Phil McCarten / Invision / AP

Until Michelle Williams took to the stage tonight at the 2019 Emmy Awards, the evening was shaping up to be relatively apolitical. (Patricia Arquette briefly championed transgender rights in her acceptance speech for The Act, while the Black Mirror creator Charlie Brooker made a joke about assuming 52 percent of the audience had voted not for Bandersnatch, but for Brexit.)

But then the star of FX’s Fosse/Verdon, whose performance as the actor and dancer Gwen Verdon won her the Emmy for Outstanding Lead Actress in a Limited Series, stepped up to the mic. The award, she said, was “an acknowledgment of what is possible when a woman is trusted.” Williams briefly listed the requests she made in preparation for the role: more dance classes, more voice lessons, “a different wig, a pair of fake teeth not made out of rubber.” The answer to all her requests, she said, was “yes—and all of these things, they require effort, and they cost more money, but my bosses never presumed to know better than I did about what I needed in order to do my job and honor Gwen Verdon. And so I want to say thank you so much to FX and to Fox 21 Studios for supporting me completely and for paying me equally.”

At that moment, the audience inside the auditorium cheered. Williams knows about pay inequity: In 2018, amid the Times Up movement in Hollywood and beyond, it was revealed that Williams was paid $80 a day for 10 days of reshoots after the actor Kevin Spacey was replaced in the movie All the Money in the World. Her co-star, Mark Wahlberg, was paid $1.5 million for the same work. The discrepancy in compensation between Williams and Wahlberg became one of the most visible illustrations at the time of how differently men and women in Hollywood can be treated, and it demonstrated, my colleague David Sims wrote at the time, “just how unprepared Hollywood is, as a business, to confront the economic dimensions of gender inequity.”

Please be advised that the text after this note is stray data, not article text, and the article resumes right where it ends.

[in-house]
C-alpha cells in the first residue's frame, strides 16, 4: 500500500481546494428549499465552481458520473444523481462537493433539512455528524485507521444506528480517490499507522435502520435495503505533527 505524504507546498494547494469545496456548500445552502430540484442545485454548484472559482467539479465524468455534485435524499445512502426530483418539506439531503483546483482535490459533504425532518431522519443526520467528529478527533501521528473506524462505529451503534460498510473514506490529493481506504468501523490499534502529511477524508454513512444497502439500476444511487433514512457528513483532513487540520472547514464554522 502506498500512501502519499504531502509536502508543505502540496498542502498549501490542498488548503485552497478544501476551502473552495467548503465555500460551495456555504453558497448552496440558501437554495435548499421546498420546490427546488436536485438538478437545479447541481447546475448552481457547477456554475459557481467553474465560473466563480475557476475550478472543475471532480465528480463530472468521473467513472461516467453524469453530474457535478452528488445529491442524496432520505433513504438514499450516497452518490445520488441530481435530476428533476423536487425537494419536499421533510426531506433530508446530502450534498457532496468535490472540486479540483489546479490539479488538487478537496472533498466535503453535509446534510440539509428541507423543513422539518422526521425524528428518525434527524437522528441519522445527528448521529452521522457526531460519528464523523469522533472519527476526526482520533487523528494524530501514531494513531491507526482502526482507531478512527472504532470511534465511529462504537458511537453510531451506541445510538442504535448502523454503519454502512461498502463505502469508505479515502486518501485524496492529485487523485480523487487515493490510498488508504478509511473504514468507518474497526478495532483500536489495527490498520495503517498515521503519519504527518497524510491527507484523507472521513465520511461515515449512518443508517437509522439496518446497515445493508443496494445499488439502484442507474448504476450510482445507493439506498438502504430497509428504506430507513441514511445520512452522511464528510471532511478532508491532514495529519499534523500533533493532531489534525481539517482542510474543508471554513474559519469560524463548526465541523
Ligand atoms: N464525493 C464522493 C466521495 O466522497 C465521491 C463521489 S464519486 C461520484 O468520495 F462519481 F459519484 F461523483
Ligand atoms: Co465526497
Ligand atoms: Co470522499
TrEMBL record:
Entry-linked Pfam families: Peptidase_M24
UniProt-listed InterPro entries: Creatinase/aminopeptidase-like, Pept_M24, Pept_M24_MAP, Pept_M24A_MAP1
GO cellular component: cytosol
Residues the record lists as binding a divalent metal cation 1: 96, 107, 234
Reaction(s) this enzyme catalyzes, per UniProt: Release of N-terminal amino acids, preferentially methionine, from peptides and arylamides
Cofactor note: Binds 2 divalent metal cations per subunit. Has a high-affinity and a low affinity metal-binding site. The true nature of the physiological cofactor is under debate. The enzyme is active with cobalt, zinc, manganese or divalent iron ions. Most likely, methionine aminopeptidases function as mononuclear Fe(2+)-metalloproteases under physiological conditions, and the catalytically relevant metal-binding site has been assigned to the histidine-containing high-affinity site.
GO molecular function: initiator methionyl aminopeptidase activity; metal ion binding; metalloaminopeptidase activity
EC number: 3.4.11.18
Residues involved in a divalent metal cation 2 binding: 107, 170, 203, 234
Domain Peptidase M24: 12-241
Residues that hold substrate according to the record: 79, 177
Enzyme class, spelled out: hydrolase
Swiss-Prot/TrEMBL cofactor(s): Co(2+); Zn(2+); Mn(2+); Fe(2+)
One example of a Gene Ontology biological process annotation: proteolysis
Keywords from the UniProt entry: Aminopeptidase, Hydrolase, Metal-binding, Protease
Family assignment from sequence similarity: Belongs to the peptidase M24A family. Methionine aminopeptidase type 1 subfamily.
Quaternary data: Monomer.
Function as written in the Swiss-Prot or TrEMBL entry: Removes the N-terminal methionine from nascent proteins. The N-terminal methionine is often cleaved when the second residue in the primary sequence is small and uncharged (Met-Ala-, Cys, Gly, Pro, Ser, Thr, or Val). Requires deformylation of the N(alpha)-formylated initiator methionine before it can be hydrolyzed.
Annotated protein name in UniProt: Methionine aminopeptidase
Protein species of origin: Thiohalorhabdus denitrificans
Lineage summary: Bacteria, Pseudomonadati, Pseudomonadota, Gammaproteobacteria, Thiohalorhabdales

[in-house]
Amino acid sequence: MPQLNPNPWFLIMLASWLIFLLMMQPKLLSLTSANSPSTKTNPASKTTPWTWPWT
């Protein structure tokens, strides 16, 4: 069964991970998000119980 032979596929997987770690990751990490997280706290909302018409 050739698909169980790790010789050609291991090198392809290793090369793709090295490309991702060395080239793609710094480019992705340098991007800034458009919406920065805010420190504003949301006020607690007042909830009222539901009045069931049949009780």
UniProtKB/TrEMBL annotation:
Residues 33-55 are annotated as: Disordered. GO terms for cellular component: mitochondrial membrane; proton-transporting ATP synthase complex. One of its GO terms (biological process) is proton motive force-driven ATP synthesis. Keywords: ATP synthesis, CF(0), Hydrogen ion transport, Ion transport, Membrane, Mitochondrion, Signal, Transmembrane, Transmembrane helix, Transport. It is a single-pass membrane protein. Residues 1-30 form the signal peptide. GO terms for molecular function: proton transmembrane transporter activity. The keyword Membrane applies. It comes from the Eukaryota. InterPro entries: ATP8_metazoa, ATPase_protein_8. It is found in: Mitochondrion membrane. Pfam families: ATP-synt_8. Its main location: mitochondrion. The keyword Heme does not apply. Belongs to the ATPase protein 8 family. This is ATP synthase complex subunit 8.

Wahlberg responded by agreeing to donate his salary to the Times Up Legal Defense Fund in Williams’s name. “The lesson here,” Melissa Silverstein, the founder of Women and Hollywood, tweeted at the time, “is that pressure for equal pay works.”

Williams clearly hopes so. She wrapped up her speech by pleading for people to listen to women when they ask for things in order to do their jobs. Particularly, she said, women of color, who stand to make 52 cents on the dollar compared with their white male counterparts. “Listen to her, believe her, because one day she might stand in front of you and say thank you for allowing her to succeed because of her workplace environment and not in spite of it.”

We want to hear what you think about this article. Submit a letter to the editor or write to letters@theatlantic.com.